• Effects of gender-role orientation on responses of counselors-in-training

      Urschel, Joanne.K (2012-04-09)
      This study investigated the effects of gender-role orientation of clients and counselors-in-training, and sex of clients on response consistencies of counselors-in-training. One hundred and twelve master’s level counselor’s-in-training from twelve universities served as participants. Each participant viewed six videotaped vignettes of clients; each representing one of six gender-role orientations. At the conclusion of each vignette the participants were asked to write a response to the question, “What would you say next to the client?” Responses were categorized into consistency scores reflecting gender-role orientation of clients and counselors-in-training, and sex of clients. As hypothesized, gender-role orientations of clients and client’s sex had no effect on the responses of counselor’s-in-training. However, it was found that the gender-role orientations of counselors-in-training did affect their response consistencies. Post hoc analyses support these conclusions. Implications and recommendations are discussed.
    • The effect of multicultural counseling training on multicultural sensitivity of graduate students.

      Field, Lucy Fukasawa (2012-05-16)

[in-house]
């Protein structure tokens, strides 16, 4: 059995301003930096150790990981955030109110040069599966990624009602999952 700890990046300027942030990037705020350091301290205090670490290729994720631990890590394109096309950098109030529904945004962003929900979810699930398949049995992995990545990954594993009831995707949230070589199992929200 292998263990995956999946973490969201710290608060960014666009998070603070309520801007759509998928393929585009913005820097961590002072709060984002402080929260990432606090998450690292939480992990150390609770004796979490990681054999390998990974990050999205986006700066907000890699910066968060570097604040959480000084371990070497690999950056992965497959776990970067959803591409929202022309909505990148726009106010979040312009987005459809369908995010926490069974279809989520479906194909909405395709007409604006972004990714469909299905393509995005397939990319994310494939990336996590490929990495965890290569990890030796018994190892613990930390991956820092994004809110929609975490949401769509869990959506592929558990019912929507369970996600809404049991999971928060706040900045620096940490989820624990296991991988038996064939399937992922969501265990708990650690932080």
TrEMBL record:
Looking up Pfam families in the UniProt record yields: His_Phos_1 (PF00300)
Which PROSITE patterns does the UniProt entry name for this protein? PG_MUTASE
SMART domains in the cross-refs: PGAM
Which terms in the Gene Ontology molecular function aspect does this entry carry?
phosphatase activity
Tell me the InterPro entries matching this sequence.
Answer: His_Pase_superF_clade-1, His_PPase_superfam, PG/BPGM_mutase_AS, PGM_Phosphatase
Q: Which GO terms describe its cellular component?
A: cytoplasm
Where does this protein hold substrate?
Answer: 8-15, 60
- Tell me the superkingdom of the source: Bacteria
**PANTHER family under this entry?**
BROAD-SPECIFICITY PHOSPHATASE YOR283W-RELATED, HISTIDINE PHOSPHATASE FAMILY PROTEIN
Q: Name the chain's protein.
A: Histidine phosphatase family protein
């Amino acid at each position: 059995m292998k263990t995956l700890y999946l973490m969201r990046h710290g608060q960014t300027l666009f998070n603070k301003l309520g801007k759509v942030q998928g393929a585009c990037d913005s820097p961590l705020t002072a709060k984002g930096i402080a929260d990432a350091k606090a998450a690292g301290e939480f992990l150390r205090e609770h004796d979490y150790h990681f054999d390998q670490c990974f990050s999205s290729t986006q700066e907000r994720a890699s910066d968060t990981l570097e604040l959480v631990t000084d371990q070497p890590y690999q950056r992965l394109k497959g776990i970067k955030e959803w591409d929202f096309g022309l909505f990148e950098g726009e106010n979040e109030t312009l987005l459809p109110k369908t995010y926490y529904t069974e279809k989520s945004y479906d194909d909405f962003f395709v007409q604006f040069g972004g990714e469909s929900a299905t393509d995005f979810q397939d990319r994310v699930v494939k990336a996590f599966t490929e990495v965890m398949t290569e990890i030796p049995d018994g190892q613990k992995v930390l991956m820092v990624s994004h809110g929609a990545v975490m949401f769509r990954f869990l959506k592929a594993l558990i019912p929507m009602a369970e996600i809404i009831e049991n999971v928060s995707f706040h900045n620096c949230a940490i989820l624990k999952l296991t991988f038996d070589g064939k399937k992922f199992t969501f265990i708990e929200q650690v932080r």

This study was designed to investigate the effect of five weeks(45 hours)of multicultural counseling training on the multicultural sensitivity of graduate level students.The treatment group(12 students) received five weeks of intensive training designed to increase their awareness of multicultural issues and personal biases and limitations.The control groups(13 students)did not receive multicultural training,but did receive experiential training,related to leadership roles,in small groups.The Cross-Cultural Adaptability Inventory(potential for cross-cultural effectiveness,Inventory of Cross-Cultural Sensitivity)(level of cross-cultural sensitivity and experience) and 10 selected difficult critical incidents (ability to perceive cross-cultural interactions from a more open point of view) were administered pre and post-test.The Multicultural Counseling Survey(knowledge of special therapy needs and general cultural information about Blacks,Native Americans,Asians-Americans,and Hispanics) was administered post-test only.Two-tailed t tests were used to determine whether differences between treatment and control group means were statistically significant at the .05 confidence level.No differences were found between the treatment and control groups on ability to perceive cross-cultural interactions from a more open point of view,in levels of cross-cultural sensitivity and experience,or potential for cross-cultural effectiveness.The treatment group was found to have more knowledge of special therapy needs and general cultural information about Blacks,Native Americans,Asian Americans and Hispanics.It was concluded that a longer period of training may be necessary for behavioral manifestations of attitude change to become apparent and that useful information focusing on ethnic/minority groups can be conveyed to trainees systematically and in a relatively short period of time.